"Circle of Friends" by Maeve Binchy

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It’s easy to see why Maeve Binchy sells books by the container-load. She features humor, believable motivation and action, and true insights into the human character. But mostly, of course, her characters are so sympathetic that readers come to love them. I assume that’s the case with her other best-sellers -I have to, because Circle of Friends is my only exposure to Ms. Binchy’s work, and is likely to remain so.

Circle of Friends recounts the trials and triumphs of Mary Bernadette (“Benny”) Hogan, and her best friend in life, Eve Malone. The two girls live near Dublin in 1957 and go through everything together – a strict Catholic upbringing setting the tone throughout. The narrative focuses very exactly on their last year of high school and first year of university. Conversations cover the gambit, and are uniformly well executed – witty, true to life, and quite character-specific. Benny’s relationship with her handsome and affable boyfriend cannot quite survive his indiscretions and bad decisions. However, the author very carefully maintains a nuanced and sympathetic portrait of Jack the boyfriend – there are no cardboard cutouts among the main characters, certainly. Minor ones, too, show understandable contours in personality and motivation.

We witness a great deal of detail about these young women and men; episodes parade by in their proper order, evoking the proper amount of anticipation, or catharsis, or vindication, or empathy … we await resolution on a series of issues and at length it comes.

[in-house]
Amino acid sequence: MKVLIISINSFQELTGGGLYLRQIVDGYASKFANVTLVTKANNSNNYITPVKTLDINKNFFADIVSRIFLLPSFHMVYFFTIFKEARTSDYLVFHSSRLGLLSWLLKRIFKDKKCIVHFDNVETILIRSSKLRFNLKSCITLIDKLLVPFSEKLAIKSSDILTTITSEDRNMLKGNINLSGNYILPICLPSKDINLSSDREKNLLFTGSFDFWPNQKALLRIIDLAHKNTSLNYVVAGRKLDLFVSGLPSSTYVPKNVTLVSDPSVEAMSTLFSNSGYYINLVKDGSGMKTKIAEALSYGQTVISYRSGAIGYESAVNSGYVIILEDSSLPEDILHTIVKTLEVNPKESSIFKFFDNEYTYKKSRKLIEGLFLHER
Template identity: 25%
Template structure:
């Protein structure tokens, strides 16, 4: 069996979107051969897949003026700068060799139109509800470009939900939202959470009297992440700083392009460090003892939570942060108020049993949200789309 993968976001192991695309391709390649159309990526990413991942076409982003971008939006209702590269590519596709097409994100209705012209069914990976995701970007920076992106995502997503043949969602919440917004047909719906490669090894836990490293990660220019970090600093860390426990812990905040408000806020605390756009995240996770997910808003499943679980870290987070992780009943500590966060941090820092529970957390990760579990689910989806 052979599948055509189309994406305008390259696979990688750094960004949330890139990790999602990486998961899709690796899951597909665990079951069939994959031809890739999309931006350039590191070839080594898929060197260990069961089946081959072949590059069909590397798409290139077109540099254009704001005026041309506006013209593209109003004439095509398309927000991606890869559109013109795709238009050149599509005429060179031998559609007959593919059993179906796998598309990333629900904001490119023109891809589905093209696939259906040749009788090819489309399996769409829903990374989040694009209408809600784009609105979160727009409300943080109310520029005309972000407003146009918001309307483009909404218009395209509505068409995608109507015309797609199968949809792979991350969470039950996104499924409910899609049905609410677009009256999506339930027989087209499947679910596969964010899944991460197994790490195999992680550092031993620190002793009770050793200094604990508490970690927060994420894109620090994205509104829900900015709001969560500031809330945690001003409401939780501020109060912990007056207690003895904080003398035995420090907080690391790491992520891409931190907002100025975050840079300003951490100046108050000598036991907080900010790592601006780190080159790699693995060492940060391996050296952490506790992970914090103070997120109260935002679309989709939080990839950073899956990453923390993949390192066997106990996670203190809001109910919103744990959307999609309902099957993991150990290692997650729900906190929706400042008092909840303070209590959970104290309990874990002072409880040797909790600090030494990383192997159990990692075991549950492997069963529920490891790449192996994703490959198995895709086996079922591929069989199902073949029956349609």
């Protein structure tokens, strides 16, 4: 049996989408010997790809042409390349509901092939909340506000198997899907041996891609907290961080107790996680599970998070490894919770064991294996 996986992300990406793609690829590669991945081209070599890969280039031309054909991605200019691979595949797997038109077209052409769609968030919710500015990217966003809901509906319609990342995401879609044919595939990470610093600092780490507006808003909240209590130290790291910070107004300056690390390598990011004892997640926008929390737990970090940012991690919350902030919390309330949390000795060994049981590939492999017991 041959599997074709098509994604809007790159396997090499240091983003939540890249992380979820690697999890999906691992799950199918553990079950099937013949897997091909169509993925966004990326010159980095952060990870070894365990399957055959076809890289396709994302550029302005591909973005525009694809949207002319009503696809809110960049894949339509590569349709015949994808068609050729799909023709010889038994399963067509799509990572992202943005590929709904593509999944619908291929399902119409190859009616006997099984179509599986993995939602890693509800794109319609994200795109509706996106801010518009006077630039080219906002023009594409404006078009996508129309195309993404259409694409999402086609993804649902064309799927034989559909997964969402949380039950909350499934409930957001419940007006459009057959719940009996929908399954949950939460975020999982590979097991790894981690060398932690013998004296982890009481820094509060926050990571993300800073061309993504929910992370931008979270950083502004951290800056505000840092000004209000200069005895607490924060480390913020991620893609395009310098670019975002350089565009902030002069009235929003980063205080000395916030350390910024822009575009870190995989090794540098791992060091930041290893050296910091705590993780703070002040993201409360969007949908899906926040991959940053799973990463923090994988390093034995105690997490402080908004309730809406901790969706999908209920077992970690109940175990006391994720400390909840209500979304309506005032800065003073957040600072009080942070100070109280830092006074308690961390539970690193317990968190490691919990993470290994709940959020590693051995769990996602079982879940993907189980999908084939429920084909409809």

As I said, these characters are highly sympathetic. We want for them the best possible outcomes, but while plenty seems to happen in the quotidian realm, important issues become resolved at a glacial pace. We anticipate them early on and wait and wait, and finally something surprising happens.

This author aims to treat us to two young women’s coming of age – well, maybe three – and she realizes this goal, or most of it. It’s the lack of ambition that prevents this book from having a higher score. Ms. Binchy’s readers obviously love her characters, and with good reason, but I need more from my time spent reading.
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